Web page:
WCSU

Martha Anne Toll

Sarah M. Broom's gorgeous debut, The Yellow House, reads as elegy and prayer.

The titular house is the fulcrum for Broom's memoir about her large and complex family. Perhaps more important, it stands in for the countless ways America has failed and continues to fail African Americans.

I'm not sure I would have argued for another memoir in which a white man's life implodes from alcohol and cocaine addiction. But now comes Idiot Wind by Peter Kaldheim, its title from the Bob Dylan song, with something to offer.

Three Summers, by Magarita Liberaki [1919-2001], weaves a dreamy, cinematic tapestry of Greek village life. Originally published in 1946, the novel has been reissued, translated by Karen Van Dyck. It's set in the countryside around Athens, "where all the gardens were."

Massoud Hayoun is a member of the Arab diaspora. With Moroccan, Egyptian, and Tunisian heritage, he is also Jewish.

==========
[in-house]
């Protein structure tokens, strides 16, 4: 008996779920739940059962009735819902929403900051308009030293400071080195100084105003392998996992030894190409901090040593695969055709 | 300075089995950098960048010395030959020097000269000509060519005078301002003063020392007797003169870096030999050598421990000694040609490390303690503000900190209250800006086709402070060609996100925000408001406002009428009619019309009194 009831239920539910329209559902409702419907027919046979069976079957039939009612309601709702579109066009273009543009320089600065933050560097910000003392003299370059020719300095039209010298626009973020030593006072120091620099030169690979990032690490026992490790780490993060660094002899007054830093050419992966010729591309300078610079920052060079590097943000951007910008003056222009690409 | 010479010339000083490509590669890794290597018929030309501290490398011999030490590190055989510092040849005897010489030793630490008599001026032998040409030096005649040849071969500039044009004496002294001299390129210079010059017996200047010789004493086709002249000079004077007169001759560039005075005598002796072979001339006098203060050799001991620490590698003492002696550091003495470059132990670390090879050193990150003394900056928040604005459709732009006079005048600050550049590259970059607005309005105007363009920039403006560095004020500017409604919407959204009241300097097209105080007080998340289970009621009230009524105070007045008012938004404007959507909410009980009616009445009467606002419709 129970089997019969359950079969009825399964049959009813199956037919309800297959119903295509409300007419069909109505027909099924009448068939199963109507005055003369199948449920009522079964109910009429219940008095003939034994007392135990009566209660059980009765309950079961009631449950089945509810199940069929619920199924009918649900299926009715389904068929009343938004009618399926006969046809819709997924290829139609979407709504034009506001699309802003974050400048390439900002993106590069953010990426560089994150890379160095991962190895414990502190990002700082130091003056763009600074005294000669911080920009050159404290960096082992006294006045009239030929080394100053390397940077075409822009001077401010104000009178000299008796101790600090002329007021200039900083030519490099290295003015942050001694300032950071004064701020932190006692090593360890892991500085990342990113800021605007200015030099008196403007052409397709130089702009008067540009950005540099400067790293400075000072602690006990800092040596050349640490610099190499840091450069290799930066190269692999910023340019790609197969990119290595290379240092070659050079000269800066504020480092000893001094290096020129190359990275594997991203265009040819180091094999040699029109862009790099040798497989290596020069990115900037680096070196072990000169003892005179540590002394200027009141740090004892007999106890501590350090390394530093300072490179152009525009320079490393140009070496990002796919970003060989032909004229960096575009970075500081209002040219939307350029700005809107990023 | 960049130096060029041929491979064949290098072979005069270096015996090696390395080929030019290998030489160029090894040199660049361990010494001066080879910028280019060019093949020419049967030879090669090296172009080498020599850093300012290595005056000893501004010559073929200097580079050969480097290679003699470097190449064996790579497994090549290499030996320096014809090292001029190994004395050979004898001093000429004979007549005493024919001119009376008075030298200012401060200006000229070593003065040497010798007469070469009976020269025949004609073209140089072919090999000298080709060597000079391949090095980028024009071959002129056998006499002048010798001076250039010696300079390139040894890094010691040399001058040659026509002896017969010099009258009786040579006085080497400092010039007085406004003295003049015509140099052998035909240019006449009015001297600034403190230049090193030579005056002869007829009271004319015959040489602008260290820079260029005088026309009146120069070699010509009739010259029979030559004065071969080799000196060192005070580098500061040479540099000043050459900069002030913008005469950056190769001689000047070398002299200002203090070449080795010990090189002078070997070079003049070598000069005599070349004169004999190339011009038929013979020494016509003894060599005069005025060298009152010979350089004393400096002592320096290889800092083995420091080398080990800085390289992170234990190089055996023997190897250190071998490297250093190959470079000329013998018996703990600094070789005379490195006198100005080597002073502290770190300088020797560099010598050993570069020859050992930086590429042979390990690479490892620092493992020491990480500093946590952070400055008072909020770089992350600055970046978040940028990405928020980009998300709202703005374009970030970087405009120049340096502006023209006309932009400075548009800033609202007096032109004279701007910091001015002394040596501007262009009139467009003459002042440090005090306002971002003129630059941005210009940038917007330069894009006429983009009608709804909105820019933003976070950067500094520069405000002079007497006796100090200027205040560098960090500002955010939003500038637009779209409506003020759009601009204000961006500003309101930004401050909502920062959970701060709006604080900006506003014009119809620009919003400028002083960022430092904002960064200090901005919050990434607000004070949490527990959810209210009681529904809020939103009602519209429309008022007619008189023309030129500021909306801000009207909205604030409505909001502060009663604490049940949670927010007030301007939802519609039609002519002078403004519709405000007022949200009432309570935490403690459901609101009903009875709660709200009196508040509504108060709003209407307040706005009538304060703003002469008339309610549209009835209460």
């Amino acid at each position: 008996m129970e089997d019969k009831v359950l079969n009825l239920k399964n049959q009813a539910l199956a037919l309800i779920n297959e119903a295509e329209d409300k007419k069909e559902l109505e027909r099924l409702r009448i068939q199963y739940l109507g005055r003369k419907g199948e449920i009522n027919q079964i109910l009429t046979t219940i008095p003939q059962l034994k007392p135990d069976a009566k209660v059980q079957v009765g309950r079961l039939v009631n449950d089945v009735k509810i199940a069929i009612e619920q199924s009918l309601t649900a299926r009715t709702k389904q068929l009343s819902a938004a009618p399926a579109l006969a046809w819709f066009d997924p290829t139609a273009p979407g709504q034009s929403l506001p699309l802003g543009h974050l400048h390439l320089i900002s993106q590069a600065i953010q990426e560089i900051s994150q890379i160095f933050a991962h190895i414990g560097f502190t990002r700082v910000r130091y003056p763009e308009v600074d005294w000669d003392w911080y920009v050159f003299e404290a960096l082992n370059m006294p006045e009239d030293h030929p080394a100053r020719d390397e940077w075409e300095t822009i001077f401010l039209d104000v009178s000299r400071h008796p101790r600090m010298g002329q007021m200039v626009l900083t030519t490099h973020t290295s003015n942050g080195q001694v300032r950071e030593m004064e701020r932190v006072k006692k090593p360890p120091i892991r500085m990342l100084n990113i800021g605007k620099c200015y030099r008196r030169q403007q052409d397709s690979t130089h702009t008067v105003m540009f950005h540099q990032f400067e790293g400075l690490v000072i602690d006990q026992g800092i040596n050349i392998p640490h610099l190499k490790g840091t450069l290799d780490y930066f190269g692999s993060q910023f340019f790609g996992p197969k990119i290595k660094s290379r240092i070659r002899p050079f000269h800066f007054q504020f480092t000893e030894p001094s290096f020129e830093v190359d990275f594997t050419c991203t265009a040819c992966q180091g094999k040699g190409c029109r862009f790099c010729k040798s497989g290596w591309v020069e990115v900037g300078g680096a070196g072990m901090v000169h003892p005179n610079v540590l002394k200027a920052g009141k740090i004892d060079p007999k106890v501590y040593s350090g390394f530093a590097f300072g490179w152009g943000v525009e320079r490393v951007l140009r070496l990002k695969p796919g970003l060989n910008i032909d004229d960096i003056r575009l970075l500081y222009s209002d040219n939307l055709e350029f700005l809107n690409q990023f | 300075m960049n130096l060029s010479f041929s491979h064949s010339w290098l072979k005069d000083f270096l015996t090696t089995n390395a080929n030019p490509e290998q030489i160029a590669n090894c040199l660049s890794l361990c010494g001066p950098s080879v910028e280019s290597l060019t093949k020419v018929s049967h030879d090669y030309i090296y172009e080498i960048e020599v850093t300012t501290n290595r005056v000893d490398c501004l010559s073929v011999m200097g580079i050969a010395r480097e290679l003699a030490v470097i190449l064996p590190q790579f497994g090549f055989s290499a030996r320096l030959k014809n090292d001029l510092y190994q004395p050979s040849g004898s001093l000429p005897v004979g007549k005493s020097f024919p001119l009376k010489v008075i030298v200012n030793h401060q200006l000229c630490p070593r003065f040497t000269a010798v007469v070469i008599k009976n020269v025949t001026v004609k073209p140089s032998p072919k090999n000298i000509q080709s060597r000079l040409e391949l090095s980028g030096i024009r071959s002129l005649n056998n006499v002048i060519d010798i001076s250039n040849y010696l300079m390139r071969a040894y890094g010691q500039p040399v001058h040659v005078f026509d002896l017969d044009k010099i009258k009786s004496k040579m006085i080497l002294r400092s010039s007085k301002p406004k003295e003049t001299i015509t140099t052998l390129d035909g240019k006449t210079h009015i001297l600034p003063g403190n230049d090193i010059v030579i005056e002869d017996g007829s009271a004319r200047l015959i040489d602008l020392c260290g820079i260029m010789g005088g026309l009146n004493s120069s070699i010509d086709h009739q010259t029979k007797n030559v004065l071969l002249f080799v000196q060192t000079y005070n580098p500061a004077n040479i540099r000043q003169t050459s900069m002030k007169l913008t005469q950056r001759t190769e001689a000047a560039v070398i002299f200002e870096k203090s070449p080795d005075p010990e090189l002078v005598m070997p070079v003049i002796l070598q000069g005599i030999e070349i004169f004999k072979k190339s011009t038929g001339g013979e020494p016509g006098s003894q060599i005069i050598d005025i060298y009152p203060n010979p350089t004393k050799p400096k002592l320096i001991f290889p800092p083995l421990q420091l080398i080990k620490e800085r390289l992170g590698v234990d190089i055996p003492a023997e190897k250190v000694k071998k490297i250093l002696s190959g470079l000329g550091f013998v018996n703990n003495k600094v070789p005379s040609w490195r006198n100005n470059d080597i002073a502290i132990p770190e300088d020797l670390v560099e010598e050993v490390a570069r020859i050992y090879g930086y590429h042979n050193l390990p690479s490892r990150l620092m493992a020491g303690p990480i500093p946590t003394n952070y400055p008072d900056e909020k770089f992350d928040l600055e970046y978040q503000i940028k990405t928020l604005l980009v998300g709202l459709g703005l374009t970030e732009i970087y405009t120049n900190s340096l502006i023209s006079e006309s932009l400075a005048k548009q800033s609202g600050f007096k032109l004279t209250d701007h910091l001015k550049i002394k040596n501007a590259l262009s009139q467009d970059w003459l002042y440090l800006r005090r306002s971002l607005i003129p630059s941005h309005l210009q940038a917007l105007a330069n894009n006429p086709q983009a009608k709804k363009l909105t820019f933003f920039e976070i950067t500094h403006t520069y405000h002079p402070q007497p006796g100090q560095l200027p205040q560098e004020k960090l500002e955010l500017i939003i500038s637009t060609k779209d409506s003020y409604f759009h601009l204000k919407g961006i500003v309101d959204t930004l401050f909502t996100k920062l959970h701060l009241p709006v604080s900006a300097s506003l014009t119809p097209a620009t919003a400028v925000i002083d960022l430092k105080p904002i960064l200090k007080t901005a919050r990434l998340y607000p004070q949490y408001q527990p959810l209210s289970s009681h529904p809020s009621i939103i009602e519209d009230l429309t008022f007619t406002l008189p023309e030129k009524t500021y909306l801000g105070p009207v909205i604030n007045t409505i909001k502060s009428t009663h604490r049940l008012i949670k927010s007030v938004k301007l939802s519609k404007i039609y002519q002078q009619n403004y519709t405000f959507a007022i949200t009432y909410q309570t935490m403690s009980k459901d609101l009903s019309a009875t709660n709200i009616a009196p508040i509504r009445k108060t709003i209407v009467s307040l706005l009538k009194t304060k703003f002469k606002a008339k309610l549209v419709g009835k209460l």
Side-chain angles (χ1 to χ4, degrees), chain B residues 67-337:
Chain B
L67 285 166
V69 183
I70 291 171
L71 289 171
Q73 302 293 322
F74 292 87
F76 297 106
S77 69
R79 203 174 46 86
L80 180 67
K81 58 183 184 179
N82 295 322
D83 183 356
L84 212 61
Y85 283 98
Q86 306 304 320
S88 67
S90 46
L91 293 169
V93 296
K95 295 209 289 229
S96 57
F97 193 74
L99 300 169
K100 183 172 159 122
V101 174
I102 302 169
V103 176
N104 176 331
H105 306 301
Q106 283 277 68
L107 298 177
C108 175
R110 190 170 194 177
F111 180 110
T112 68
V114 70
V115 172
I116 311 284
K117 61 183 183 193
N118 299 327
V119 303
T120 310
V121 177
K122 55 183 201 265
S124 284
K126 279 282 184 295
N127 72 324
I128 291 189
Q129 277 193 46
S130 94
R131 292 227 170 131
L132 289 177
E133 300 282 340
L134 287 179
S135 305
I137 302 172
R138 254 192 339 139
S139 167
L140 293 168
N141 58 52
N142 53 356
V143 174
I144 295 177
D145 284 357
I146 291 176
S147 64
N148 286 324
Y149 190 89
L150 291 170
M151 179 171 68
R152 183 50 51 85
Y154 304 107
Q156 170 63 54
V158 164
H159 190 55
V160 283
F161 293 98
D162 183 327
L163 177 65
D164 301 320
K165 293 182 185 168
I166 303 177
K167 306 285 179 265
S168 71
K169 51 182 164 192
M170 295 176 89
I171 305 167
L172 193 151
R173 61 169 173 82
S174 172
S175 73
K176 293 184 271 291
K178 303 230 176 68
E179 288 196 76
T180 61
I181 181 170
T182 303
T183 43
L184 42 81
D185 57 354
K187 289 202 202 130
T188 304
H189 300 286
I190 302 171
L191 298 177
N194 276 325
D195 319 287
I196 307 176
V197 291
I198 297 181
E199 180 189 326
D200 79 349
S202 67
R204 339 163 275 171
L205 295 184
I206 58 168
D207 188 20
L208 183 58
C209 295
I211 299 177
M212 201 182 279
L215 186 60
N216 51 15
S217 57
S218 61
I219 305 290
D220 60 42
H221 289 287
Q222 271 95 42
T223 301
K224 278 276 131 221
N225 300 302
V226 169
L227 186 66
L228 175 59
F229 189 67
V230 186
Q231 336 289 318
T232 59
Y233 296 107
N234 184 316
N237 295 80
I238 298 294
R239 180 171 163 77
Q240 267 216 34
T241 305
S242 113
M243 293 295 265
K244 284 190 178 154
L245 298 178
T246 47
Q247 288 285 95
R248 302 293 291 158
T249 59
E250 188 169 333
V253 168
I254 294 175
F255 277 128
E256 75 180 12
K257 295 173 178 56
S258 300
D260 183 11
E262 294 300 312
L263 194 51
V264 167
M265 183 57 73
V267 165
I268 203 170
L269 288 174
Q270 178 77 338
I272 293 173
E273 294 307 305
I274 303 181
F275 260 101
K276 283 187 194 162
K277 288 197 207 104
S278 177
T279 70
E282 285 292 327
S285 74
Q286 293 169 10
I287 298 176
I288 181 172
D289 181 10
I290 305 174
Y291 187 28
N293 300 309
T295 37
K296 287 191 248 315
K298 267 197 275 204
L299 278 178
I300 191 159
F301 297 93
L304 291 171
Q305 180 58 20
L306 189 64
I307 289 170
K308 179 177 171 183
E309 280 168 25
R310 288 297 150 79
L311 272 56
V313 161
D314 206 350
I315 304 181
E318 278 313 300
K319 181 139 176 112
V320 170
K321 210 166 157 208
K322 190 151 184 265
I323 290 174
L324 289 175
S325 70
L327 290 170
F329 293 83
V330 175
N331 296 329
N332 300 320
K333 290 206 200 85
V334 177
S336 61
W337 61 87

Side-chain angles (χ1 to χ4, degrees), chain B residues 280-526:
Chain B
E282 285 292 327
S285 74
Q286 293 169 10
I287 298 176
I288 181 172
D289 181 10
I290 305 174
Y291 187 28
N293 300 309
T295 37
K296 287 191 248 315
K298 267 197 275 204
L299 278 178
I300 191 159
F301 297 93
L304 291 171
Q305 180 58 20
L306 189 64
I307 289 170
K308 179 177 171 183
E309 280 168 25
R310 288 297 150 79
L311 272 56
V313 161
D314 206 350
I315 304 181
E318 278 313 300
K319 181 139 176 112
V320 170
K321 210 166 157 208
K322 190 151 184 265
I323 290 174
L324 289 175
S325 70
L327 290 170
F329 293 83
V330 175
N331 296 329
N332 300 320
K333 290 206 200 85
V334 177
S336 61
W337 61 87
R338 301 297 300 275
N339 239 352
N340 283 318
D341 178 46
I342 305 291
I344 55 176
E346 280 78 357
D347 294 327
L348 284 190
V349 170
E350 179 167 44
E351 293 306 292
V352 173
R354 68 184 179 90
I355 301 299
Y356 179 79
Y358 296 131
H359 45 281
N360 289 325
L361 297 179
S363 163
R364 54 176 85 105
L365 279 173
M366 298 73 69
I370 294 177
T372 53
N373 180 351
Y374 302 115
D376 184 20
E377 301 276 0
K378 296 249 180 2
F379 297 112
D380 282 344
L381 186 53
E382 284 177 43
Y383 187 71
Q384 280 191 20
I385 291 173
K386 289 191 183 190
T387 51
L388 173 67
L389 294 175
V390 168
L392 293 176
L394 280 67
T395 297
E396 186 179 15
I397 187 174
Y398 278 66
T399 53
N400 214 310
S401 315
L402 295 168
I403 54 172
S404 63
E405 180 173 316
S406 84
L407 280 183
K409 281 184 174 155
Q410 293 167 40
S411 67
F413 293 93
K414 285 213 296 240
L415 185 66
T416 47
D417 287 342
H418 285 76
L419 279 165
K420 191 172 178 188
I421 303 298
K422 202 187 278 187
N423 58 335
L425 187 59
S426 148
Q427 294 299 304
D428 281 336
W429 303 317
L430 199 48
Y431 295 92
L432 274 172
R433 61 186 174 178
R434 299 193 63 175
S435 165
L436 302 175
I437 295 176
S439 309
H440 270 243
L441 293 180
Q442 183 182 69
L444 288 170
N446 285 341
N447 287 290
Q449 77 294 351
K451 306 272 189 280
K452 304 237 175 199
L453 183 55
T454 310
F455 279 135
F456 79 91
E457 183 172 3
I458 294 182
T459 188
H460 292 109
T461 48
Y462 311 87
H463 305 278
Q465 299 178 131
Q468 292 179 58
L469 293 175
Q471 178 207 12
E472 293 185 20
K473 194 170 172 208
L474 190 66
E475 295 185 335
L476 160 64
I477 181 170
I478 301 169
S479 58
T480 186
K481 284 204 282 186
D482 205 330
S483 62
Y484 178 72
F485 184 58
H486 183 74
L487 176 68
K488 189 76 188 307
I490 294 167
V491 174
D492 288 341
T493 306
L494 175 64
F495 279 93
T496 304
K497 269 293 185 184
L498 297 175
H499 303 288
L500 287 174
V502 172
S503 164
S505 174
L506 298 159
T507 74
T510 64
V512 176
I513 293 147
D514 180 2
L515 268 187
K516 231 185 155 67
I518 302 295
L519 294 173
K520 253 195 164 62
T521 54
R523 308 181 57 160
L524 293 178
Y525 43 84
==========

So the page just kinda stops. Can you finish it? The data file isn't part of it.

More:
His new book, When We Were Arabs, is an absorbing family history that spans continents and epochs.

Hayoun uses his grandparents' stories to illuminate the fading history of a once thriving Arab Jewish community. In the process, he delivers a scathing indictment of colonialism. He considers his Arabness "cultural," "African," and "Jewish," but "retaliatory" as well.

The German viola I played during my serious music days failed to accrue value; twentieth century German instruments don't produce a warm enough sound. For tone, you need Italian or French or English. In some cases, American will do, as Gregory Spatz attests in his new collection. Set in and around Seattle, Spatz's What Could Be Saved plumbs the rarified world of high-end stringed instruments. Spatz teaches writing at Eastern Washington University; he is also a professional fiddler, which lends his book an authenticity often lacking in fiction about musicians.

Since its founding, America has been fertile ground for conspiracy beliefs. While every generation produces rumor-mongers, today we anoint them with special powers through social media.

Anna Merlan, a journalist at Gizmodo Media Group, explores our contemporary fixation with conspiracy theories of all political stripes in Republic of Lies: American Conspiracy Theorists and Their Surprising Rise to Power. Throughout the book, she reports from gatherings of people whose beliefs are both extreme and false.